Summary of Inhabitants

Charles Douglas Smith

Charles Douglas Smith was born in 1844 in the Fairfield Plains area (presumably at Russel Smith's house next door). In September of 1876 he married Mary Louise Chatterson (born July 11, 1849). Charles Douglas Smith died in 1918 in Dundas, Wentworth County and Mary Louise Chatterson in 1925 in Hamilton, Wentworth County. The couple had two children together - Emma Maude Ethel Smith and Edgerton Douglas Smith.2

Architectural Features

The Charles Douglas Smith house is a one and a half storey yellow buff brick Gothic Revival home with an asymmetrical façade. The home features a high gable roof and side right cross gable. The layout of the front unit is an L-shape, common of Ontario farmhouses of the time. There is also an attached back unit to the home. The main door is centered with a semi-circular opening shape, and has a sashed semi-circular transom and sashed, flush light side panels. The homes most notable features on the façade are the bay dormer tower and dormer gable window on the opposite side. Above the round double hung windows with transoms are arch radiating voussoirs. The brickwork is stretcher bond and the sides of the home have brick quoins for decoration. The home has projecting verges and deep overhanging eaves.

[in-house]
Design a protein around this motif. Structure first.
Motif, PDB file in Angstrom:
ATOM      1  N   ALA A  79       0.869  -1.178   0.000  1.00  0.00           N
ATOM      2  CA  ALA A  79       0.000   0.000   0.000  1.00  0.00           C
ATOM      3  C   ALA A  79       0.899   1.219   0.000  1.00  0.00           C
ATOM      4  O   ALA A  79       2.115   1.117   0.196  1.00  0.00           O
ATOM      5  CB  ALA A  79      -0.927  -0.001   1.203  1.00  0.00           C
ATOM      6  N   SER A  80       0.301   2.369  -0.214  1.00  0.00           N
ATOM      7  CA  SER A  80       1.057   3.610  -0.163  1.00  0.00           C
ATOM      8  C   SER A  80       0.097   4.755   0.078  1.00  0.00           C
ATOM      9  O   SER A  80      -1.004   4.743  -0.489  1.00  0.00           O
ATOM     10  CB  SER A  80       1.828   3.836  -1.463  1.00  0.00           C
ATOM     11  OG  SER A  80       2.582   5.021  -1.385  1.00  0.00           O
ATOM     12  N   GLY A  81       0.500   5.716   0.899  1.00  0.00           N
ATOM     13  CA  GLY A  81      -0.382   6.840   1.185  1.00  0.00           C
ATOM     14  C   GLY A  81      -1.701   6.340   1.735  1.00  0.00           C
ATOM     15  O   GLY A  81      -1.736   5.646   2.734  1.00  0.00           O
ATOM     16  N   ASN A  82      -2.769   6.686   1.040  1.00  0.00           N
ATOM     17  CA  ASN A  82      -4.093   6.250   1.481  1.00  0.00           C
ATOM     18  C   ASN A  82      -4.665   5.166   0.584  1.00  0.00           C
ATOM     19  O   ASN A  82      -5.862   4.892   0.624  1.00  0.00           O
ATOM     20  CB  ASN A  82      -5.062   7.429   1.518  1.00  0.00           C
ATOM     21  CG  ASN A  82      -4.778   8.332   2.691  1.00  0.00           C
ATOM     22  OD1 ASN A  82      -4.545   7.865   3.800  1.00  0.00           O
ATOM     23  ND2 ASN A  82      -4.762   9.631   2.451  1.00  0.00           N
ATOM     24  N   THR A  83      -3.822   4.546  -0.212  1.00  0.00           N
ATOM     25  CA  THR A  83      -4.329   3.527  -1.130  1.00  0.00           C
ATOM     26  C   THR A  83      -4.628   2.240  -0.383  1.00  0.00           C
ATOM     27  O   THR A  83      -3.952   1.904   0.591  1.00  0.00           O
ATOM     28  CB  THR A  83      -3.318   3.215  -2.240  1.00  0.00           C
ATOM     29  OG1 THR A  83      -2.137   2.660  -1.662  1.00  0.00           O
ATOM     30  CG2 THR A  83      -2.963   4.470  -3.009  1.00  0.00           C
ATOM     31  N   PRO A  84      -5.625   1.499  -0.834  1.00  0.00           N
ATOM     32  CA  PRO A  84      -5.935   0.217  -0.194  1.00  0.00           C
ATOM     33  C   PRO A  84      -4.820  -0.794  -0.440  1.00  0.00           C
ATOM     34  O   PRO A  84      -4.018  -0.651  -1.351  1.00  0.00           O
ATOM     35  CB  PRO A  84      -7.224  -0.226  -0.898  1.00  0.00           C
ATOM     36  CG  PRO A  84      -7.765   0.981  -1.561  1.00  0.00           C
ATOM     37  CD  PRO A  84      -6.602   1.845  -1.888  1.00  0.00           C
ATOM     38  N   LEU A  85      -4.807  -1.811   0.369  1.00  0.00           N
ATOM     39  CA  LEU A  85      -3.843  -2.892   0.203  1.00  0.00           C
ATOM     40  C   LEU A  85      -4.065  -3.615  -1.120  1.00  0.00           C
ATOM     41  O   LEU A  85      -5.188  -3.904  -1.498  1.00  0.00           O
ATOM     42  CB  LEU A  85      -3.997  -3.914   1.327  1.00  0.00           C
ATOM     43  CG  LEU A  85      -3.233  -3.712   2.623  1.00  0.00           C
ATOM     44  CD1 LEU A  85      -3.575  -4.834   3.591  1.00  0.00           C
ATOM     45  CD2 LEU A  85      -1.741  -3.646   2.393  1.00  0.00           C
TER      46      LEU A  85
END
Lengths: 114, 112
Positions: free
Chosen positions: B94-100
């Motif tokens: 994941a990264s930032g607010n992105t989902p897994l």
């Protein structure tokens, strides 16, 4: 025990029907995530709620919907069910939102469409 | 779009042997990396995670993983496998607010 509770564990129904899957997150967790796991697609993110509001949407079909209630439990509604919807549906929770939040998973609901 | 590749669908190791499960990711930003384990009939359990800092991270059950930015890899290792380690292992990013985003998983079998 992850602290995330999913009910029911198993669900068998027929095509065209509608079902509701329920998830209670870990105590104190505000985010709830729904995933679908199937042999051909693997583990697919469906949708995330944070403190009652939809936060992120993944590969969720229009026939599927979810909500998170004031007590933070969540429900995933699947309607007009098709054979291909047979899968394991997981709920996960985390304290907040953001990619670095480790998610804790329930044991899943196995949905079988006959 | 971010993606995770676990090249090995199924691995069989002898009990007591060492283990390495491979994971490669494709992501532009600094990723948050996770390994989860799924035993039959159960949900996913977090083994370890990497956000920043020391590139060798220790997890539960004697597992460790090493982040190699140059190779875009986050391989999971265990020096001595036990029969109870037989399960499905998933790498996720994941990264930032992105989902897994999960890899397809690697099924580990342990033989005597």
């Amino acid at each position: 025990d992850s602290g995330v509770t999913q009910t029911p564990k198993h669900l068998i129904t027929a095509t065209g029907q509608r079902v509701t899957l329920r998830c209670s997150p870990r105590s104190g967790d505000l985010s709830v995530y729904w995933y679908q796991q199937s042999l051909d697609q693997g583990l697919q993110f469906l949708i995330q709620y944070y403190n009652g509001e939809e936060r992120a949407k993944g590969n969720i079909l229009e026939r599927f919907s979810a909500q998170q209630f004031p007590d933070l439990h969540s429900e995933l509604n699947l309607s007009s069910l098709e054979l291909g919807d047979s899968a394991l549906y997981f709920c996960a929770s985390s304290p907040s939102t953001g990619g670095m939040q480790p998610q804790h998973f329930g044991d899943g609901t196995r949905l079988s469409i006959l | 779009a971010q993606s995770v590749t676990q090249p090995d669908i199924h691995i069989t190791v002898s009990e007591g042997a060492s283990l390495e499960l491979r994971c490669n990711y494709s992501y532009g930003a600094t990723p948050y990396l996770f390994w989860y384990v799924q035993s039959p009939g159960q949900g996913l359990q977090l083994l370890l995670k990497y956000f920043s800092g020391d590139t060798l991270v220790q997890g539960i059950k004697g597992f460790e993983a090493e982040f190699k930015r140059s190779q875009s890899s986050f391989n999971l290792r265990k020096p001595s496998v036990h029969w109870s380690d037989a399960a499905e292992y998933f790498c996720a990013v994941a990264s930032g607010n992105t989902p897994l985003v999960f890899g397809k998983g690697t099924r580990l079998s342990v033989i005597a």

Notes

  1. Smith, Carolyn. Personal Interview, July 2016.
  2. home.cogeco.ca. "Bigger_Biggar Families (includes Marshall, Rymal, Pettit and Smith)," retrieved July 2016.

References

  • Smith, Carolyn. (July 2016). Personal Interview.
  • home.cogeco.ca. (n.d.). "Bigger_Biggar Families (includes Marshall, Rymal, Pettit and Smith)," retrieved July 2016.